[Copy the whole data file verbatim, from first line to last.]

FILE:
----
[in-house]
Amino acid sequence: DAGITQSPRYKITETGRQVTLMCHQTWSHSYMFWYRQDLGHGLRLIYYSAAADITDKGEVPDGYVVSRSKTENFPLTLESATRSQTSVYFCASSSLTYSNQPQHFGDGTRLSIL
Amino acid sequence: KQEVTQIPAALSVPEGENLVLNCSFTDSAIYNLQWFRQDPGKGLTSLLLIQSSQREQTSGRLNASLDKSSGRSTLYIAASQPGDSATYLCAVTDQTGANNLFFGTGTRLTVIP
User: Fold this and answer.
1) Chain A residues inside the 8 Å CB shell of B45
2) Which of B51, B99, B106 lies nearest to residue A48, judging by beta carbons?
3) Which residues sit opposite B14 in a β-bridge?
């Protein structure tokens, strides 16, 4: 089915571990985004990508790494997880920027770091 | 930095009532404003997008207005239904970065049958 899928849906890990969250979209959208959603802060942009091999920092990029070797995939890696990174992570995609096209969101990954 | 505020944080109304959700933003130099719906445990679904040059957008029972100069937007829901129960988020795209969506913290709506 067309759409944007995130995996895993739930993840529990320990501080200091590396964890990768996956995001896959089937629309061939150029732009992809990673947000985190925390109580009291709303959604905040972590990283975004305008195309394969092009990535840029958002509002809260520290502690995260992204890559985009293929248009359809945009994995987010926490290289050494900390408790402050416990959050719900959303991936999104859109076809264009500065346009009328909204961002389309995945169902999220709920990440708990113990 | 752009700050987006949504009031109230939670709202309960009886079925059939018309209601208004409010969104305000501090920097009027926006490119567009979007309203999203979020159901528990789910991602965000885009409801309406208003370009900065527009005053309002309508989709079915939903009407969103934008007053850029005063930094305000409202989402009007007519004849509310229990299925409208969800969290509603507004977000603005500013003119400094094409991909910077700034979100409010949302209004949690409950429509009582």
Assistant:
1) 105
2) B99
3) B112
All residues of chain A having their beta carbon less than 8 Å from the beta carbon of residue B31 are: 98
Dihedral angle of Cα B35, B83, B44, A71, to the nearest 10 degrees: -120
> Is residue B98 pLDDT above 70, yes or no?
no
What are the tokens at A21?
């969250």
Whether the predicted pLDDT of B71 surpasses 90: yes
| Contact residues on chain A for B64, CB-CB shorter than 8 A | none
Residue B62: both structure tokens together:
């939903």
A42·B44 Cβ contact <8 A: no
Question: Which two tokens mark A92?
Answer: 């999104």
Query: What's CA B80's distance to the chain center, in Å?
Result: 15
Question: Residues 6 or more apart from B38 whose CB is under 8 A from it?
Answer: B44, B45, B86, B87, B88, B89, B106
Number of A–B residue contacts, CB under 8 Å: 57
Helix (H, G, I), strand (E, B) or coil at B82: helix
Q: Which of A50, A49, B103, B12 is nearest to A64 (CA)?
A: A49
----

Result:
[in-house]
Amino acid sequence: DAGITQSPRYKITETGRQVTLMCHQTWSHSYMFWYRQDLGHGLRLIYYSAAADITDKGEVPDGYVVSRSKTENFPLTLESATRSQTSVYFCASSSLTYSNQPQHFGDGTRLSIL
Amino acid sequence: KQEVTQIPAALSVPEGENLVLNCSFTDSAIYNLQWFRQDPGKGLTSLLLIQSSQREQTSGRLNASLDKSSGRSTLYIAASQPGDSATYLCAVTDQTGANNLFFGTGTRLTVIP
User: Fold this and answer.
1) Chain A residues inside the 8 Å CB shell of B45
2) Which of B51, B99, B106 lies nearest to residue A48, judging by beta carbons?
3) Which residues sit opposite B14 in a β-bridge?
């Protein structure tokens, strides 16, 4: 089915571990985004990508790494997880920027770091 | 930095009532404003997008207005239904970065049958 899928849906890990969250979209959208959603802060942009091999920092990029070797995939890696990174992570995609096209969101990954 | 505020944080109304959700933003130099719906445990679904040059957008029972100069937007829901129960988020795209969506913290709506 067309759409944007995130995996895993739930993840529990320990501080200091590396964890990768996956995001896959089937629309061939150029732009992809990673947000985190925390109580009291709303959604905040972590990283975004305008195309394969092009990535840029958002509002809260520290502690995260992204890559985009293929248009359809945009994995987010926490290289050494900390408790402050416990959050719900959303991936999104859109076809264009500065346009009328909204961002389309995945169902999220709920990440708990113990 | 752009700050987006949504009031109230939670709202309960009886079925059939018309209601208004409010969104305000501090920097009027926006490119567009979007309203999203979020159901528990789910991602965000885009409801309406208003370009900065527009005053309002309508989709079915939903009407969103934008007053850029005063930094305000409202989402009007007519004849509310229990299925409208969800969290509603507004977000603005500013003119400094094409991909910077700034979100409010949302209004949690409950429509009582």
Assistant:
1) 105
2) B99
3) B112
All residues of chain A having their beta carbon less than 8 Å from the beta carbon of residue B31 are: 98
Dihedral angle of Cα B35, B83, B44, A71, to the nearest 10 degrees: -120
> Is residue B98 pLDDT above 70, yes or no?
no
What are the tokens at A21?
């969250």
Whether the predicted pLDDT of B71 surpasses 90: yes
| Contact residues on chain A for B64, CB-CB shorter than 8 A | none
Residue B62: both structure tokens together:
């939903």
A42·B44 Cβ contact <8 A: no
Question: Which two tokens mark A92?
Answer: 């999104």
Query: What's CA B80's distance to the chain center, in Å?
Result: 15
Question: Residues 6 or more apart from B38 whose CB is under 8 A from it?
Answer: B44, B45, B86, B87, B88, B89, B106
Number of A–B residue contacts, CB under 8 Å: 57
Helix (H, G, I), strand (E, B) or coil at B82: helix
Q: Which of A50, A49, B103, B12 is nearest to A64 (CA)?
A: A49